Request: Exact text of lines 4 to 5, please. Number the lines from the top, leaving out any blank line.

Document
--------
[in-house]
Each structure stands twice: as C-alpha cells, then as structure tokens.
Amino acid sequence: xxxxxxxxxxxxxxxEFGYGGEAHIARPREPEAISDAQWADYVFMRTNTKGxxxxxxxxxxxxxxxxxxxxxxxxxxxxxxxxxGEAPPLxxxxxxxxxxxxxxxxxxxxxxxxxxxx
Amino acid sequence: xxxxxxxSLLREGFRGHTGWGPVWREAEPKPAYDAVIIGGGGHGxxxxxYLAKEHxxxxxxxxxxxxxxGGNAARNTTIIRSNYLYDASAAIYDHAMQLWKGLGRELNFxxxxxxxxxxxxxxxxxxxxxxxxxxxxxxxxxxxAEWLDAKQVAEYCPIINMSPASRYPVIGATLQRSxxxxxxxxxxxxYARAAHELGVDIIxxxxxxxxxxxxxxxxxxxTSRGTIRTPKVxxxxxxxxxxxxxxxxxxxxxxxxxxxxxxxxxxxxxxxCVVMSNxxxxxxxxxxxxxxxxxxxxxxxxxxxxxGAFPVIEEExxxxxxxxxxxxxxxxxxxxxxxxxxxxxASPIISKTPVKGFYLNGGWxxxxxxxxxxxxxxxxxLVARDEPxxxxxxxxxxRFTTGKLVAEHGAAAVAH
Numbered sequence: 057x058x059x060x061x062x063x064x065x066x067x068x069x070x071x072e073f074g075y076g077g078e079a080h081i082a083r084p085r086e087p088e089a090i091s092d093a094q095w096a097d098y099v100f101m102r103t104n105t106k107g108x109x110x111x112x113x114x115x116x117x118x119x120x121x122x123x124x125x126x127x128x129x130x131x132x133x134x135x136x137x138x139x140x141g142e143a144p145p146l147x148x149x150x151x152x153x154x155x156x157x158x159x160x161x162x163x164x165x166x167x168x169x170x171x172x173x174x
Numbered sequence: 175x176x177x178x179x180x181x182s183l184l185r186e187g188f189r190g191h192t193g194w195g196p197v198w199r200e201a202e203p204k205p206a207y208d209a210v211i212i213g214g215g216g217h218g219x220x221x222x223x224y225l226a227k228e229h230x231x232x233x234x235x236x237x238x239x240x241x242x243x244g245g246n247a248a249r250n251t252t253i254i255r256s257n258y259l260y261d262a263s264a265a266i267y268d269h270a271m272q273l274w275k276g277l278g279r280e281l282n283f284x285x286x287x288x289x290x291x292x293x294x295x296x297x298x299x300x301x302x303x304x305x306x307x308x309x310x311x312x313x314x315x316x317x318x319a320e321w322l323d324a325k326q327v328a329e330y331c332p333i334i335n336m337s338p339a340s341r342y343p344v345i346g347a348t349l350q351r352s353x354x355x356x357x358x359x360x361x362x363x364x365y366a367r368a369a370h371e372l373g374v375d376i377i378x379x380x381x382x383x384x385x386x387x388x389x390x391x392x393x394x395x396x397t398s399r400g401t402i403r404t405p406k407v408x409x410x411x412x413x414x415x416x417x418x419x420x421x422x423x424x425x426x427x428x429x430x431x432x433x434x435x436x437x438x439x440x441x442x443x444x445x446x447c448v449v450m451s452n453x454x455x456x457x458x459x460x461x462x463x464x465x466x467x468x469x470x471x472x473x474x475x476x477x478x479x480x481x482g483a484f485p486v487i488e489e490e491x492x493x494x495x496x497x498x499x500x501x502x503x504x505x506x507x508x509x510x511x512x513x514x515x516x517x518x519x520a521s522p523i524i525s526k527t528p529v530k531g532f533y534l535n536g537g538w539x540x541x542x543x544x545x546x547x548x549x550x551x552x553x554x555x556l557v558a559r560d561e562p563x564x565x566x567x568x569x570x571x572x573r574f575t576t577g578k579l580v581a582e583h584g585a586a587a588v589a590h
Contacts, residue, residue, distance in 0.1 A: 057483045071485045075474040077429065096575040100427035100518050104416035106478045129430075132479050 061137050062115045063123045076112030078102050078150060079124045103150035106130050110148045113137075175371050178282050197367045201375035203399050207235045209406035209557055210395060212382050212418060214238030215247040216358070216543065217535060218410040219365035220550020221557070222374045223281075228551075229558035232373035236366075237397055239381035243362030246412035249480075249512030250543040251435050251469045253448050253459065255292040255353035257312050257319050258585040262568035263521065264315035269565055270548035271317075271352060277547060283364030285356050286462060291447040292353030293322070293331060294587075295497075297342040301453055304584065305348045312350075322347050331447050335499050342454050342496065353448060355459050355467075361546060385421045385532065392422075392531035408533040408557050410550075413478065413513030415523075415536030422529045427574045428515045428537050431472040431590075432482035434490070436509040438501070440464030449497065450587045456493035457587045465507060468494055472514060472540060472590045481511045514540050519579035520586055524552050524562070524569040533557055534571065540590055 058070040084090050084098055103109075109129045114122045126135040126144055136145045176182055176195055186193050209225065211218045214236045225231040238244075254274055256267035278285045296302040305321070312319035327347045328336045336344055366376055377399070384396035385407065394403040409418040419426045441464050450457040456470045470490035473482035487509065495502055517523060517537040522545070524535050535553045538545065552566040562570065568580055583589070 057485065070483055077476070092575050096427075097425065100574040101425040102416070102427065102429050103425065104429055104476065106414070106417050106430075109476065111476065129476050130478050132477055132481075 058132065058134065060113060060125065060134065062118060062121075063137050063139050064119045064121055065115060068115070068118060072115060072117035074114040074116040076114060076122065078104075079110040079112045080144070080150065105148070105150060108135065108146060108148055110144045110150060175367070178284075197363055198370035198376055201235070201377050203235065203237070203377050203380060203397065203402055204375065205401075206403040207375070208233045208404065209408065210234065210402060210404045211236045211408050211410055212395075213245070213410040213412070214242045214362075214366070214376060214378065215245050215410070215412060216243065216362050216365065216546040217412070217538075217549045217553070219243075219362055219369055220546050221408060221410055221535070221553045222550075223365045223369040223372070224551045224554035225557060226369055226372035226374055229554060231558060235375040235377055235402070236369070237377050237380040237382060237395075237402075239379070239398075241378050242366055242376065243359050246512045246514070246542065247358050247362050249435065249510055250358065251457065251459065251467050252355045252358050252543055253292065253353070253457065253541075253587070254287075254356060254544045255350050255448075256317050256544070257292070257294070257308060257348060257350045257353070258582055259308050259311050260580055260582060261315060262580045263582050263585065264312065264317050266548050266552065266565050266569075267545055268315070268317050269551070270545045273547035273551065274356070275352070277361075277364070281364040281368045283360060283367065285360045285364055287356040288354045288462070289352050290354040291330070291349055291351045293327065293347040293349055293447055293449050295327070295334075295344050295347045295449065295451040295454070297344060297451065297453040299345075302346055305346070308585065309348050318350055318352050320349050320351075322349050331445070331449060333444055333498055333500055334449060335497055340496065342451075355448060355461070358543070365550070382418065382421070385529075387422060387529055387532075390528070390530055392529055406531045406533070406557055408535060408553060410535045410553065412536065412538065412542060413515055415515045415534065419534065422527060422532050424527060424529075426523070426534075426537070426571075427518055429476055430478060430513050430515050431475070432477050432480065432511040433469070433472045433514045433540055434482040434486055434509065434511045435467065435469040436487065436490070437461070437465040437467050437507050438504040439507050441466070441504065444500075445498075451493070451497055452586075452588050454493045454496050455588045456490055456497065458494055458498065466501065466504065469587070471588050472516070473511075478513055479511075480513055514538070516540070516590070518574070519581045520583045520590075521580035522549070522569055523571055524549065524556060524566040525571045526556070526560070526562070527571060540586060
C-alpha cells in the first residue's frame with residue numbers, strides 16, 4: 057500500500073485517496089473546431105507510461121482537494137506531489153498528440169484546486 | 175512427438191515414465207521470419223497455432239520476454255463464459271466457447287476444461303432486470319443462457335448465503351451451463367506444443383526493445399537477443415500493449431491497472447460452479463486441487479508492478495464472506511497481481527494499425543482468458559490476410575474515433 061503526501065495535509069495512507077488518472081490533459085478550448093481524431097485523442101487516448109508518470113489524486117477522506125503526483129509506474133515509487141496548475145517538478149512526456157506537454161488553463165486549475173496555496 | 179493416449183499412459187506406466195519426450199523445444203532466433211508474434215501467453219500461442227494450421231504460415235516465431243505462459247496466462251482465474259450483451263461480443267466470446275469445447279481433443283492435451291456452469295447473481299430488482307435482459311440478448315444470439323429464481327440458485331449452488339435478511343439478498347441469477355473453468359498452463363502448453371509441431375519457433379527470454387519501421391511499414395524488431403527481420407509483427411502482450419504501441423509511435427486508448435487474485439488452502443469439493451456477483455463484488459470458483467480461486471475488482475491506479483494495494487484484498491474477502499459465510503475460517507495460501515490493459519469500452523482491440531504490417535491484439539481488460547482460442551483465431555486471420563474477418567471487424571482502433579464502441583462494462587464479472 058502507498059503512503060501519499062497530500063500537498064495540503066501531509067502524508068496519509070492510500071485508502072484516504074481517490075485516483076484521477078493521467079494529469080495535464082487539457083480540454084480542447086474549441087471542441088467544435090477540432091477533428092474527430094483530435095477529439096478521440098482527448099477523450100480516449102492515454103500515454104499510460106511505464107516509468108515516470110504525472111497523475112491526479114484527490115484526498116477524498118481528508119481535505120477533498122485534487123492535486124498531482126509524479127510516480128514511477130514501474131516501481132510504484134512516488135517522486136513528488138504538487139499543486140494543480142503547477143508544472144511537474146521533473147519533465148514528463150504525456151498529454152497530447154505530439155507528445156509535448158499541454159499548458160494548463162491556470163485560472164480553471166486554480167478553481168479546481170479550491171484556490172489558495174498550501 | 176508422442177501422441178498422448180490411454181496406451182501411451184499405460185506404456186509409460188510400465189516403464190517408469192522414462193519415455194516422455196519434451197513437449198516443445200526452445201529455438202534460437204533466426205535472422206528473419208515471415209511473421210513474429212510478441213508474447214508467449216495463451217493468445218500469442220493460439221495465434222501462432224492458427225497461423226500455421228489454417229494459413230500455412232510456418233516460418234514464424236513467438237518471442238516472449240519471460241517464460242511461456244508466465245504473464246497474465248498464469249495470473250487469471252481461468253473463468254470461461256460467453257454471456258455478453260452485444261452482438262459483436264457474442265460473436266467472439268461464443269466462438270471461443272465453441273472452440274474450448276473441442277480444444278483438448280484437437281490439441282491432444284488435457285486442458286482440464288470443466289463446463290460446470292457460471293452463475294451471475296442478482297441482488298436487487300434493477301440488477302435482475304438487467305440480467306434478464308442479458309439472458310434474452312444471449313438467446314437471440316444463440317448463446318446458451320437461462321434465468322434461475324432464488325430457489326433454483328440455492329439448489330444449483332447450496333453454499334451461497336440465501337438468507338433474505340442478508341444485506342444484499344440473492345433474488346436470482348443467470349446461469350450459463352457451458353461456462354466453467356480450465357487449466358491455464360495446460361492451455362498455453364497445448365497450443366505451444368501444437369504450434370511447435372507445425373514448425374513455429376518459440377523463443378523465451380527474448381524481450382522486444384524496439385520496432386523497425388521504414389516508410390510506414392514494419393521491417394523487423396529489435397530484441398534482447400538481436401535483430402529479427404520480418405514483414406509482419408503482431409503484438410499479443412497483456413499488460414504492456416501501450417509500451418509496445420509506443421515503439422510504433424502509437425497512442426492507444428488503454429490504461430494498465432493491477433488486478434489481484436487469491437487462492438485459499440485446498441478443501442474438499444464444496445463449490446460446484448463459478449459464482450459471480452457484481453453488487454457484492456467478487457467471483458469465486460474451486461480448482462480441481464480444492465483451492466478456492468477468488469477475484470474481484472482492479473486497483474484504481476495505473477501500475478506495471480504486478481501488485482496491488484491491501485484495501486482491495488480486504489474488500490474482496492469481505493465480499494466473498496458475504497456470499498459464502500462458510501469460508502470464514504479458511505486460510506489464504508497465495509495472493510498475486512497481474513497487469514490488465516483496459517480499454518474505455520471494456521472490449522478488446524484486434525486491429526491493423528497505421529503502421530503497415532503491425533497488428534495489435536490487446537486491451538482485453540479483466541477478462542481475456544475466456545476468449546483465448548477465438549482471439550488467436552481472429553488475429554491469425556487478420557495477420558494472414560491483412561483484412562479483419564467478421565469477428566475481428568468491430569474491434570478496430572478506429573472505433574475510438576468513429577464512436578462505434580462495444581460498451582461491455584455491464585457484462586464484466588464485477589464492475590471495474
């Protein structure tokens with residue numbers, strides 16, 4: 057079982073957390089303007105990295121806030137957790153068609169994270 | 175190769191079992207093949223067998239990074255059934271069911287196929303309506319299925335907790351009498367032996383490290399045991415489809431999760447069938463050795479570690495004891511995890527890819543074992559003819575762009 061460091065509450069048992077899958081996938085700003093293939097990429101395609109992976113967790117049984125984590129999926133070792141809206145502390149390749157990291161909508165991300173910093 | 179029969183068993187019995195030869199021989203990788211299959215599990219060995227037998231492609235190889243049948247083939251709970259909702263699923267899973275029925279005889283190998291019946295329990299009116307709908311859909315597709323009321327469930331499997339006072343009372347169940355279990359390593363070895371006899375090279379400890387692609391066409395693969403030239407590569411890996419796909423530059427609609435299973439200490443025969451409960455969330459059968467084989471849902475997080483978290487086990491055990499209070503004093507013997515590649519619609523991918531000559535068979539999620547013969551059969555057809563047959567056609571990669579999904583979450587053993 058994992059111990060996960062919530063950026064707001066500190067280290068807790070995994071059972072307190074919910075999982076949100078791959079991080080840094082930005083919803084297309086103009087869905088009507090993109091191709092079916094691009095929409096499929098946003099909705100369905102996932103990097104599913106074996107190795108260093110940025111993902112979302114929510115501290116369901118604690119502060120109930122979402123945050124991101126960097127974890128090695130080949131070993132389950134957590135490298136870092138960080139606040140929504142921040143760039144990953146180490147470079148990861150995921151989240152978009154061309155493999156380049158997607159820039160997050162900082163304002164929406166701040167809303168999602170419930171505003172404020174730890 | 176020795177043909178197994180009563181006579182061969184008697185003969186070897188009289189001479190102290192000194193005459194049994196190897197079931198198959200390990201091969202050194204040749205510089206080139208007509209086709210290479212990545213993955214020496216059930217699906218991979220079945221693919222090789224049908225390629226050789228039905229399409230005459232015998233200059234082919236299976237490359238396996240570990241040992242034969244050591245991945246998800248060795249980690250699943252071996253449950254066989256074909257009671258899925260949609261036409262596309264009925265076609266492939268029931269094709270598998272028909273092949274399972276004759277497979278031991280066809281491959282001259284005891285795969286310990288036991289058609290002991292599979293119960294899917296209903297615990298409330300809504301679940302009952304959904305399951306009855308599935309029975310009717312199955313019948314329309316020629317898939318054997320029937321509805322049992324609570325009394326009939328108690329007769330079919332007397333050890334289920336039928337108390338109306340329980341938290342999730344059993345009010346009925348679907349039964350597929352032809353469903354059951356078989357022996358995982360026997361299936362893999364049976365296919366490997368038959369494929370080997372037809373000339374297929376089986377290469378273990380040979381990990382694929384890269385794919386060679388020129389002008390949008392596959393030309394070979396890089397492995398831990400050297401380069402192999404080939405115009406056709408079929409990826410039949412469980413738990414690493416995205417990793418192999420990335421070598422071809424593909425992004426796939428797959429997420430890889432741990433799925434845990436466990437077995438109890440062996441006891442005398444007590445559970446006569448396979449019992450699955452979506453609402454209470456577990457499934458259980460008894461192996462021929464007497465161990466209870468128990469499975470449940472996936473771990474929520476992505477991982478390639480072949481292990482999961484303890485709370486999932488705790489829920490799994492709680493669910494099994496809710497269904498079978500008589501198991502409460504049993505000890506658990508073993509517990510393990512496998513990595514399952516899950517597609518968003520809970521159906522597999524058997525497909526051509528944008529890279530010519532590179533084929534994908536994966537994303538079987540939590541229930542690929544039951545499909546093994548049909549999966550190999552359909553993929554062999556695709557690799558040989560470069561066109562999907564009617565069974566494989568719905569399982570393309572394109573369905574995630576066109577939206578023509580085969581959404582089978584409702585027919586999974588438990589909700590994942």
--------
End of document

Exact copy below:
Amino acid sequence: xxxxxxxSLLREGFRGHTGWGPVWREAEPKPAYDAVIIGGGGHGxxxxxYLAKEHxxxxxxxxxxxxxxGGNAARNTTIIRSNYLYDASAAIYDHAMQLWKGLGRELNFxxxxxxxxxxxxxxxxxxxxxxxxxxxxxxxxxxxAEWLDAKQVAEYCPIINMSPASRYPVIGATLQRSxxxxxxxxxxxxYARAAHELGVDIIxxxxxxxxxxxxxxxxxxxTSRGTIRTPKVxxxxxxxxxxxxxxxxxxxxxxxxxxxxxxxxxxxxxxxCVVMSNxxxxxxxxxxxxxxxxxxxxxxxxxxxxxGAFPVIEEExxxxxxxxxxxxxxxxxxxxxxxxxxxxxASPIISKTPVKGFYLNGGWxxxxxxxxxxxxxxxxxLVARDEPxxxxxxxxxxRFTTGKLVAEHGAAAVAH
Numbered sequence: 057x058x059x060x061x062x063x064x065x066x067x068x069x070x071x072e073f074g075y076g077g078e079a080h081i082a083r084p085r086e087p088e089a090i091s092d093a094q095w096a097d098y099v100f101m102r103t104n105t106k107g108x109x110x111x112x113x114x115x116x117x118x119x120x121x122x123x124x125x126x127x128x129x130x131x132x133x134x135x136x137x138x139x140x141g142e143a144p145p146l147x148x149x150x151x152x153x154x155x156x157x158x159x160x161x162x163x164x165x166x167x168x169x170x171x172x173x174x